The passage of this bill is important to Mainers who are first to go to college in their family, people from low-income families, and people of color. It is also important for Maine’s higher education and workforce. The grant minimum has not been adjusted since 1992, and if passed, it will boost grants to $2,500 per year for full-time students in order to keep pace with the rising costs of college.
Status: The Innovation, Development, Economic Advancement and Business Committee has voted, but it has not yet been reported out of committee.
GOAL 3: Help Us All Live Longer, Better
LD 8 – “An Act To Support Collection and Proper Disposal of Unwanted Drugs” (Introduced by Sen. Anne Carney of Cumberland)
This bill provides for the establishment of drug take-back stewardship programs. It requires certain drug manufacturers, as defined in the bill, to operate a drug take-back stewardship program to collect and dispose of certain drugs.
LD 8 is important because safe and regular disposal prevents medication misuse and ensures that medications do not end up in the wrong places. Passage of this bill is directly related to Thrive2027 Goal 3 related to substance use disorder, one of the leading causes of death.
Status: The Environment and Natural Resources Committee has voted, but it has not yet been reported out of committee.
LD 372 – “An Act To Provide Maine Children Access to Affordable Health Care” (Introduced by Sen. Anne Carney of Cumberland)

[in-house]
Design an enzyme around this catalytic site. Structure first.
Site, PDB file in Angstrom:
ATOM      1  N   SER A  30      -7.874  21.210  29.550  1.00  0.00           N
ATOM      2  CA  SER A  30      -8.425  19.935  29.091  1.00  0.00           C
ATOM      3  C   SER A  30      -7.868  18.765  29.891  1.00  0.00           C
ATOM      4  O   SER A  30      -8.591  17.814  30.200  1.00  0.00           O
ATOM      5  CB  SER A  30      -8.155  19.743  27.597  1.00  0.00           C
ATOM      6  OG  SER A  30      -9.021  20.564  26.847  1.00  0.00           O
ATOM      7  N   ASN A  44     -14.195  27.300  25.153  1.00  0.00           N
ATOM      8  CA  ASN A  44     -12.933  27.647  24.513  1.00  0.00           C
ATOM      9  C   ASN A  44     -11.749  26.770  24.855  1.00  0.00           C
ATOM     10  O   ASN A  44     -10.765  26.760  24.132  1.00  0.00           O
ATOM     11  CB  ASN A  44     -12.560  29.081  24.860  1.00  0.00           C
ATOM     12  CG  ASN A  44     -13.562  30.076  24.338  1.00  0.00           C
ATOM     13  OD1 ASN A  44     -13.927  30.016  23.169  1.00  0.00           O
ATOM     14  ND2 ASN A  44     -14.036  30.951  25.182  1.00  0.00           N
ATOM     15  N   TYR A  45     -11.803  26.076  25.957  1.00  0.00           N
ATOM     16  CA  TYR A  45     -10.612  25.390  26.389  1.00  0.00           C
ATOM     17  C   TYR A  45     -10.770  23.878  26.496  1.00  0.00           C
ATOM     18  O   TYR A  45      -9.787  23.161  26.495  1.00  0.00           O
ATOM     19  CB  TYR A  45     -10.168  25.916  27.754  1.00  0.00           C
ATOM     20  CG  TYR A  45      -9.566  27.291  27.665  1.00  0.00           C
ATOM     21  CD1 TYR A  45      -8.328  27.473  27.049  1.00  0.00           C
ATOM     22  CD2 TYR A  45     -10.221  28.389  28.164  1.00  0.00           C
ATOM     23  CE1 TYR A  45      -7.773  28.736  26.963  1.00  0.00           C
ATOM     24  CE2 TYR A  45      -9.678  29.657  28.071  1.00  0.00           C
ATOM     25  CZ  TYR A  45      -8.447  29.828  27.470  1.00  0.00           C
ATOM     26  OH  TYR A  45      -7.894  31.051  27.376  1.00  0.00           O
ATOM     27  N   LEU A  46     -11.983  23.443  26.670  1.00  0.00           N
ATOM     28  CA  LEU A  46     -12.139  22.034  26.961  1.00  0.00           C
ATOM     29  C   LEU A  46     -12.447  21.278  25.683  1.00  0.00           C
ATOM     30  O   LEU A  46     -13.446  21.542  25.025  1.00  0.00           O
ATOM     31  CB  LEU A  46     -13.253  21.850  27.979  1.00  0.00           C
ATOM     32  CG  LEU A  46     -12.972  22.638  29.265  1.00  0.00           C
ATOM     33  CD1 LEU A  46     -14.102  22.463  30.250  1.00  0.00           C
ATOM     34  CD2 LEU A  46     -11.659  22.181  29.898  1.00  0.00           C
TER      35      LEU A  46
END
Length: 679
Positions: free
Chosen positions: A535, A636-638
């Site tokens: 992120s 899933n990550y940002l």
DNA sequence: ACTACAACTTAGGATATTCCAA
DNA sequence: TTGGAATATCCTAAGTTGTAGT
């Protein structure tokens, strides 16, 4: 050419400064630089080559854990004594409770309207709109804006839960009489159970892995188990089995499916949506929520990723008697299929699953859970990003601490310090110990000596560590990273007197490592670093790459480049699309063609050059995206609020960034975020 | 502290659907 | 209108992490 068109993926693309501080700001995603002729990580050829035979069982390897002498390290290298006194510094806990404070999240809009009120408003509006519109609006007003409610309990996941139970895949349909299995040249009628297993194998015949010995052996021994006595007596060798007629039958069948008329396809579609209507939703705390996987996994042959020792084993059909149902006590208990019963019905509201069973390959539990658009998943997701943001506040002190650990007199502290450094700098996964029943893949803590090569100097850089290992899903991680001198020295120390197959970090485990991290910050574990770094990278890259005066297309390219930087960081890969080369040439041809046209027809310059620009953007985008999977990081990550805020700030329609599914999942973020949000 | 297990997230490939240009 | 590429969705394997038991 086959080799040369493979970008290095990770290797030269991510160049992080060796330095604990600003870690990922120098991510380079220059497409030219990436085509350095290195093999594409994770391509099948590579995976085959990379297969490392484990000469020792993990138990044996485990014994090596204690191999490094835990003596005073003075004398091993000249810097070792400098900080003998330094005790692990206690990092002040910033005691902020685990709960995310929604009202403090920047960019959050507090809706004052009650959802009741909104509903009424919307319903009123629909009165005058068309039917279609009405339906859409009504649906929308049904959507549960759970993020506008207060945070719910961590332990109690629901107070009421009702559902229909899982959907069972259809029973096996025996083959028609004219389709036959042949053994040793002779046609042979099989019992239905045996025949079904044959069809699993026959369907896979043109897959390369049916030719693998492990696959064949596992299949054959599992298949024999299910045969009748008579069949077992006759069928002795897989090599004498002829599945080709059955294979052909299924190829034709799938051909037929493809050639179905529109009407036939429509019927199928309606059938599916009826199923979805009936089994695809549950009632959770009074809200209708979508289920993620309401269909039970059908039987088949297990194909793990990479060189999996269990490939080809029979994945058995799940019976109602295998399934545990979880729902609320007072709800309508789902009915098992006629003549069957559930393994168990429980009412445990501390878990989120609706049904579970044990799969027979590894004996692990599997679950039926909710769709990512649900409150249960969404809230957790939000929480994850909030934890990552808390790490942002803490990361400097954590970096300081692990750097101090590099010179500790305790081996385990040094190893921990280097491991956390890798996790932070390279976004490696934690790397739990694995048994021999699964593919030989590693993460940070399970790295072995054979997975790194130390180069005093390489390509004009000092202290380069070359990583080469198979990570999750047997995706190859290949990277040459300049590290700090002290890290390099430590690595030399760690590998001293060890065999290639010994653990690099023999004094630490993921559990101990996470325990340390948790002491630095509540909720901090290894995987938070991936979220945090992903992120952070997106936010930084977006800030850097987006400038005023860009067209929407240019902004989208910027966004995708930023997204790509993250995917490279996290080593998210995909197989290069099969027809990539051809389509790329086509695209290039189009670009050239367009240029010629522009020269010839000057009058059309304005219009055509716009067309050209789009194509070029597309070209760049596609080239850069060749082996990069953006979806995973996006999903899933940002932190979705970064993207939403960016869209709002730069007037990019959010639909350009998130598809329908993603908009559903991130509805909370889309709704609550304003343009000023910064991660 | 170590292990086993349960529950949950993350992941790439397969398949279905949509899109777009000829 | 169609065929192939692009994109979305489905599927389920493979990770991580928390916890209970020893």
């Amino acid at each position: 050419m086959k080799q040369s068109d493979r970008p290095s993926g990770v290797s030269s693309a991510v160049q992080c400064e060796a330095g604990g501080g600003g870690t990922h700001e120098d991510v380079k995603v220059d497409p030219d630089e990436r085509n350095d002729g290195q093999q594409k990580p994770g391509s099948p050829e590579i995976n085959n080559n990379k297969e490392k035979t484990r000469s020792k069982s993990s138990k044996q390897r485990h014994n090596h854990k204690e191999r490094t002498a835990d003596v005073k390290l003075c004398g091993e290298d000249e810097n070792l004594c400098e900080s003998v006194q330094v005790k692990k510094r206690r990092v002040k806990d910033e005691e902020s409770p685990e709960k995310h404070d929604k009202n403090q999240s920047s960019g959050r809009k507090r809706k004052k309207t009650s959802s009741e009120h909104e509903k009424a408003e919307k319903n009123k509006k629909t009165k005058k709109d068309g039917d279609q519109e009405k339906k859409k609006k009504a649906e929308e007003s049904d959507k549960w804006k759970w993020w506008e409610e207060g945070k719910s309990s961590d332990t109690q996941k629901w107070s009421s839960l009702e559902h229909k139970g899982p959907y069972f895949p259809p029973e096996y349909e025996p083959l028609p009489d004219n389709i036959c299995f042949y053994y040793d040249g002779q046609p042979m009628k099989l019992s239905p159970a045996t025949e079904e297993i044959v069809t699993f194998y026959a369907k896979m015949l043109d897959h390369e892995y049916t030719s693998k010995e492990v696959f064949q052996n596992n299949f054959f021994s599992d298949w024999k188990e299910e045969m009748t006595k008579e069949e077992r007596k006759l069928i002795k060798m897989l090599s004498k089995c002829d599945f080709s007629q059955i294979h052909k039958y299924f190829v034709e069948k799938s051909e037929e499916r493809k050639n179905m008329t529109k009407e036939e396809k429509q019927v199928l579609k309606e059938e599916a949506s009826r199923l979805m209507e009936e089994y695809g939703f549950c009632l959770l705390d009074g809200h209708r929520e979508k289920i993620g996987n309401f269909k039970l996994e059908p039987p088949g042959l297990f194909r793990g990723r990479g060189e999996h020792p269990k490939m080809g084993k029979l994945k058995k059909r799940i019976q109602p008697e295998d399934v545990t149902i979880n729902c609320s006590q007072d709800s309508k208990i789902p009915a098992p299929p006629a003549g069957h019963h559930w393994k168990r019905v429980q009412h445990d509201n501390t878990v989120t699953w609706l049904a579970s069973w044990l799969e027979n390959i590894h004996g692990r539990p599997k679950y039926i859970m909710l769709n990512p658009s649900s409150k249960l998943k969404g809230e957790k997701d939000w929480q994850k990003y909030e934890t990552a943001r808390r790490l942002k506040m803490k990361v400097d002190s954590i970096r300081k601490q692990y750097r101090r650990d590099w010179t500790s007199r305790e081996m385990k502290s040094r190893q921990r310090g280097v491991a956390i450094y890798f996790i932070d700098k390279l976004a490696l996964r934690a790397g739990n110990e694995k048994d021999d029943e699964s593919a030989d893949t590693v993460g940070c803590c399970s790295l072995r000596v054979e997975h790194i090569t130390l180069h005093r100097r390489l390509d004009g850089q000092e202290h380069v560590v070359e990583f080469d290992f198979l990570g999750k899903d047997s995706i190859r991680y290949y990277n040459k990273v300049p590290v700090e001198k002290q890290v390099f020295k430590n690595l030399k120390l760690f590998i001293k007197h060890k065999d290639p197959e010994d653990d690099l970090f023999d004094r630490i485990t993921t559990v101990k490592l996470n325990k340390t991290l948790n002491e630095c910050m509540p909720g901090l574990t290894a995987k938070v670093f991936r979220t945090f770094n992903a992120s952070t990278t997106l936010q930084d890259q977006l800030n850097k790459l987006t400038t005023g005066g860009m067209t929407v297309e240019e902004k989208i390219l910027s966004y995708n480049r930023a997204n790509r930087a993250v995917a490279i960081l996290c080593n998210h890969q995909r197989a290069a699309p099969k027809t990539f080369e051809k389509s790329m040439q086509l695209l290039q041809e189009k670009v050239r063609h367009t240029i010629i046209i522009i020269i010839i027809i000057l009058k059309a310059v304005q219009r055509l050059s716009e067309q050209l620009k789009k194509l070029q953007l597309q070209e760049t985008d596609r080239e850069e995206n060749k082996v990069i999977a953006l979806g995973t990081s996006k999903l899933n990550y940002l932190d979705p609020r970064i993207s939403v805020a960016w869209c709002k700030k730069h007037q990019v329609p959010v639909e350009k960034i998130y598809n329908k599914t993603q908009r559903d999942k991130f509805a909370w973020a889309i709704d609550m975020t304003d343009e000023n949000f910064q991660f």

This bill makes changes to the Cub Care program, nationally known as CHIP (Children’s Health Insurance Program), a program that provides health coverage for children from birth to age 19. Specifically, this bill would increase eligibility and expand coverage.
LD 372 is important because relevant data¹ shows that a significant percent of low-income children in Maine and Cumberland County are not insured. Access to affordable health care is a critically important strategy for Thrive2027 and is foundational to all three goals. When Maine children have access to quality, affordable health care, they are better equipped to become healthy and successful adults.
Status: The Health and Human Services Committee has voted, but it has not yet been reported out of committee.
PARTICIPATE IN A PUBLIC HEARING
If you wish to participate in a public hearing during the 130th Maine State Legislature, visit the Maine State Legislature – YouTube Channel. Each committee has its own feed, and at UWGP, we are closely monitoring these three committees:
- Education and Cultural Affairs Committee
- Health and Human Services Committee
- Appropriations and Financial Affairs
All other committees’ public hearings can be found here.
If you would like to know more about how you can advocate for a thriving community, please contact us at email@example.com.
¹In 2018 7.9% of low-income children in Maine and 9.3% of low-income children in Cumberland County were not insured. Source: Kids Count Data from SAIPE – Small Area Income and Poverty Estimates, U.S. Census data.
To lend your support and help further policies and legislation that will further the goals of Thrive2027, invest in the community through United Way of Greater Portland.